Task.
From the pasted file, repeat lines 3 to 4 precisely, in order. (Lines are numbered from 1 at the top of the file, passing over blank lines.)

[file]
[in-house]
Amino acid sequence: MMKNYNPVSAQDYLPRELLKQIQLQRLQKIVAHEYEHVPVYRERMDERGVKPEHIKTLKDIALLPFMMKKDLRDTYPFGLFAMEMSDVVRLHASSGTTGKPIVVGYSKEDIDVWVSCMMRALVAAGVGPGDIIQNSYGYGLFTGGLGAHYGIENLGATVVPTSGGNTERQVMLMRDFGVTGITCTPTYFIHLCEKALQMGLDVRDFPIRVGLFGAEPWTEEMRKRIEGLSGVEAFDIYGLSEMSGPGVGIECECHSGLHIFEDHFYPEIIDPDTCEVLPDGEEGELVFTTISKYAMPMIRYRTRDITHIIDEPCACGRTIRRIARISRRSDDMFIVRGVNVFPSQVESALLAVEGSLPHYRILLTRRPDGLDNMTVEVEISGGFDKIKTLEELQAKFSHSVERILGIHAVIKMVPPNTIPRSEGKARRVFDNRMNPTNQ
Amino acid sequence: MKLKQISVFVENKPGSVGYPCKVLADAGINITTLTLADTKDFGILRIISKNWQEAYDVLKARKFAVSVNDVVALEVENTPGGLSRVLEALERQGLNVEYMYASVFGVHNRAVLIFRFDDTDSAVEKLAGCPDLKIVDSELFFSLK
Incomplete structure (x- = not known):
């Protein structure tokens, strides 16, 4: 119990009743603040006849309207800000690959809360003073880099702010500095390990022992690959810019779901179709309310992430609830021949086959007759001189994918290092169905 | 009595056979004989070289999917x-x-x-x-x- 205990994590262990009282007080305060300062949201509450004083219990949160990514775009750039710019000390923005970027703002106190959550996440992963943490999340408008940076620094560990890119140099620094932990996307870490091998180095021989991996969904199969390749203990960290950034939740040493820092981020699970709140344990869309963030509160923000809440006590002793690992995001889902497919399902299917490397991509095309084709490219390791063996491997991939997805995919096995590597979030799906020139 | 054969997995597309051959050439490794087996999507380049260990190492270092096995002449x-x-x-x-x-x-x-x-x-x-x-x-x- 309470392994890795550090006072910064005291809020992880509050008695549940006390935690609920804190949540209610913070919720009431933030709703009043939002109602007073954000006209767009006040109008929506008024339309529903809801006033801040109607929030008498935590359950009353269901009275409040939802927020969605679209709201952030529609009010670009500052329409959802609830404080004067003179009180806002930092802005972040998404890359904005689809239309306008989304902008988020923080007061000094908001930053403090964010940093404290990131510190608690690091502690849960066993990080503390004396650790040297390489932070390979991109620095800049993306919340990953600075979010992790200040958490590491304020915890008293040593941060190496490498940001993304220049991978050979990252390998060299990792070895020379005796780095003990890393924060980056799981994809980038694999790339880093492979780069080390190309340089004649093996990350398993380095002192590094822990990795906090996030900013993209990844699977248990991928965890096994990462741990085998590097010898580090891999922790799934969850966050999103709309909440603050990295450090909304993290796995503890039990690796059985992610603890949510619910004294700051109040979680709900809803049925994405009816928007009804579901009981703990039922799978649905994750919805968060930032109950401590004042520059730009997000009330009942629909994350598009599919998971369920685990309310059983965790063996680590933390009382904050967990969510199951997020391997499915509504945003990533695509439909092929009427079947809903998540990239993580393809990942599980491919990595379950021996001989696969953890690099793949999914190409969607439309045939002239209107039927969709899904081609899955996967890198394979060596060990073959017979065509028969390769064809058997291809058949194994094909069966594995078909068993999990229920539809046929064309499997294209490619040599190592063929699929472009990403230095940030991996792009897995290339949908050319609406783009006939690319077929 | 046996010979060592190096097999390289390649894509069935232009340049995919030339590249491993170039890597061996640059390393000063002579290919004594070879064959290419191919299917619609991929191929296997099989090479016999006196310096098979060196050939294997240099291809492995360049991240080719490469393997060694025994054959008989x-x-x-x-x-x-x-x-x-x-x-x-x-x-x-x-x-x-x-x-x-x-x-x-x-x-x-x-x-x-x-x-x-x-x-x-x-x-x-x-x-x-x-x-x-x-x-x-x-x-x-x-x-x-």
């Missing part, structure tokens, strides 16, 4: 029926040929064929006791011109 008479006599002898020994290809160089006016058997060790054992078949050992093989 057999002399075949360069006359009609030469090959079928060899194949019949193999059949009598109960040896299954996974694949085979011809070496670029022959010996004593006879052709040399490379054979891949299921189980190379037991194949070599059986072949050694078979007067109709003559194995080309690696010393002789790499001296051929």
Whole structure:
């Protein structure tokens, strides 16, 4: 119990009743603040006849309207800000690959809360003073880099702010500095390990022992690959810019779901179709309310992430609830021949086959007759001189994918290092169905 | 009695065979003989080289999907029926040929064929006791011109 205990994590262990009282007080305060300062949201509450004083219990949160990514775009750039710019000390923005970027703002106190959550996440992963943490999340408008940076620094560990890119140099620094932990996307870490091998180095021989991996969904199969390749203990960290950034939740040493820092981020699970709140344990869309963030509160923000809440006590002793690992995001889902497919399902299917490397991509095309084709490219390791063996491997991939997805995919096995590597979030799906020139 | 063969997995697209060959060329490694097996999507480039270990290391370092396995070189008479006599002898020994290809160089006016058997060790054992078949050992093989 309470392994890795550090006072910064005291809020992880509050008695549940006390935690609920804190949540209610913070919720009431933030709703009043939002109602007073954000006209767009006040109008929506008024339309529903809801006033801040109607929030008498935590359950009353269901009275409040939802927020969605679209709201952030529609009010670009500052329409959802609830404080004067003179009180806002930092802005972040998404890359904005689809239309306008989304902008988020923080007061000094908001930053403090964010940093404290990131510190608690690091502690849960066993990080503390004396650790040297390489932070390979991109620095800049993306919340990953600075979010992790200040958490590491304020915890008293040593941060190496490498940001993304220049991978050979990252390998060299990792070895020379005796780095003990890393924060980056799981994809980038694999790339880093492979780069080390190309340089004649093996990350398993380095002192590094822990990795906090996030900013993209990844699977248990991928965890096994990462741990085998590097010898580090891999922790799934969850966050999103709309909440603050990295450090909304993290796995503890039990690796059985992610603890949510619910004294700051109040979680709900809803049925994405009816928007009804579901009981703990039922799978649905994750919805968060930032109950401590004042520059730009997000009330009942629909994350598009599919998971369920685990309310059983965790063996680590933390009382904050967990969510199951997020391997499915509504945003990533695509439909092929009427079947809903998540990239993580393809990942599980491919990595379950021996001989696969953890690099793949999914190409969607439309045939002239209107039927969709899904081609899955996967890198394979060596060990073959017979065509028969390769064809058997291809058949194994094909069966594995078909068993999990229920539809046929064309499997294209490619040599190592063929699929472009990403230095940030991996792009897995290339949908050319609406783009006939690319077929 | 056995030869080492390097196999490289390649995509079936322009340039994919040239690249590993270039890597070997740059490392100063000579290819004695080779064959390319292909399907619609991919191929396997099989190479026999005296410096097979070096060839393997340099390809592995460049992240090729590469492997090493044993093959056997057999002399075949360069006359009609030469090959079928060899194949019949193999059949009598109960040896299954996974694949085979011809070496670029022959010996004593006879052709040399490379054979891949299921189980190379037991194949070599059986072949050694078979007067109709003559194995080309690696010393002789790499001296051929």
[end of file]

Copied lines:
Amino acid sequence: MKLKQISVFVENKPGSVGYPCKVLADAGINITTLTLADTKDFGILRIISKNWQEAYDVLKARKFAVSVNDVVALEVENTPGGLSRVLEALERQGLNVEYMYASVFGVHNRAVLIFRFDDTDSAVEKLAGCPDLKIVDSELFFSLK
Incomplete structure (x- = not known):